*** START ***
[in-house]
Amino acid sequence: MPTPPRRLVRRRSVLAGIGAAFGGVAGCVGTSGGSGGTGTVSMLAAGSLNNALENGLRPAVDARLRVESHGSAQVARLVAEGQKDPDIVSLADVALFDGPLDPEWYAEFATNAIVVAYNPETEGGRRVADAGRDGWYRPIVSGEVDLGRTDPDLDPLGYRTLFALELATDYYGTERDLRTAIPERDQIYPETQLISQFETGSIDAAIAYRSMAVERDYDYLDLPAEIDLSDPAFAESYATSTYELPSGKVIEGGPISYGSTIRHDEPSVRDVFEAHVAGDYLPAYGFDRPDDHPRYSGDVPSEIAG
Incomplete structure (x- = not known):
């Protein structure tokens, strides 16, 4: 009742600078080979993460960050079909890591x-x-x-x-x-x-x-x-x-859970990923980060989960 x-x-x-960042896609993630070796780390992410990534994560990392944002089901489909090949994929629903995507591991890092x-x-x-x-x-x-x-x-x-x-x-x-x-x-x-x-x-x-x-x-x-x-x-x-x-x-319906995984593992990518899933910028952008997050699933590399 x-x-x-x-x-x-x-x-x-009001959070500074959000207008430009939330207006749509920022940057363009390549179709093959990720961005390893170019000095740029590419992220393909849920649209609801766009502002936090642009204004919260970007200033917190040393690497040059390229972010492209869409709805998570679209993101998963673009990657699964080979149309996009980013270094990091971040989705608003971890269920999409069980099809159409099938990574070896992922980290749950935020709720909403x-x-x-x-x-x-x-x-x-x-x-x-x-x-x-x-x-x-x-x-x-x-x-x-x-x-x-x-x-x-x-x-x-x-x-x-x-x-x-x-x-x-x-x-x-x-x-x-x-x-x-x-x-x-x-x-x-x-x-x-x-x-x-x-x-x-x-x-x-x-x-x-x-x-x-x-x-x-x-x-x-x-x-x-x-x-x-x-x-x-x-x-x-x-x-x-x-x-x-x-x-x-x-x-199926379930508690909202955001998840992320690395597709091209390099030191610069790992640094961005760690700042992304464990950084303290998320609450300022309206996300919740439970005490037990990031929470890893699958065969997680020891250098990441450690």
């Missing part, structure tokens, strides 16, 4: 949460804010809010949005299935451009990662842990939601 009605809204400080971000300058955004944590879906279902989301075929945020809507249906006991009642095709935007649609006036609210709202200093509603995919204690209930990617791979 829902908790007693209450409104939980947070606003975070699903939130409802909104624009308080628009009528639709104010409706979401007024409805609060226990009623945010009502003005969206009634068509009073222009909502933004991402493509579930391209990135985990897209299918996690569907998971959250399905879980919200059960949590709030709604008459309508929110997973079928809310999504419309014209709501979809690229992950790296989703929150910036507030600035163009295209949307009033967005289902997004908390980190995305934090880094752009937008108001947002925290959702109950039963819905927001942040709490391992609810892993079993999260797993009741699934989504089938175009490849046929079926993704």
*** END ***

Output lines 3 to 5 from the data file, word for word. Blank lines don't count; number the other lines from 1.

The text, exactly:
Incomplete structure (x- = not known):
């Protein structure tokens, strides 16, 4: 009742600078080979993460960050079909890591x-x-x-x-x-x-x-x-x-859970990923980060989960 x-x-x-960042896609993630070796780390992410990534994560990392944002089901489909090949994929629903995507591991890092x-x-x-x-x-x-x-x-x-x-x-x-x-x-x-x-x-x-x-x-x-x-x-x-x-x-319906995984593992990518899933910028952008997050699933590399 x-x-x-x-x-x-x-x-x-009001959070500074959000207008430009939330207006749509920022940057363009390549179709093959990720961005390893170019000095740029590419992220393909849920649209609801766009502002936090642009204004919260970007200033917190040393690497040059390229972010492209869409709805998570679209993101998963673009990657699964080979149309996009980013270094990091971040989705608003971890269920999409069980099809159409099938990574070896992922980290749950935020709720909403x-x-x-x-x-x-x-x-x-x-x-x-x-x-x-x-x-x-x-x-x-x-x-x-x-x-x-x-x-x-x-x-x-x-x-x-x-x-x-x-x-x-x-x-x-x-x-x-x-x-x-x-x-x-x-x-x-x-x-x-x-x-x-x-x-x-x-x-x-x-x-x-x-x-x-x-x-x-x-x-x-x-x-x-x-x-x-x-x-x-x-x-x-x-x-x-x-x-x-x-x-x-x-x-199926379930508690909202955001998840992320690395597709091209390099030191610069790992640094961005760690700042992304464990950084303290998320609450300022309206996300919740439970005490037990990031929470890893699958065969997680020891250098990441450690």
């Missing part, structure tokens, strides 16, 4: 949460804010809010949005299935451009990662842990939601 009605809204400080971000300058955004944590879906279902989301075929945020809507249906006991009642095709935007649609006036609210709202200093509603995919204690209930990617791979 829902908790007693209450409104939980947070606003975070699903939130409802909104624009308080628009009528639709104010409706979401007024409805609060226990009623945010009502003005969206009634068509009073222009909502933004991402493509579930391209990135985990897209299918996690569907998971959250399905879980919200059960949590709030709604008459309508929110997973079928809310999504419309014209709501979809690229992950790296989703929150910036507030600035163009295209949307009033967005289902997004908390980190995305934090880094752009937008108001947002925290959702109950039963819905927001942040709490391992609810892993079993999260797993009741699934989504089938175009490849046929079926993704």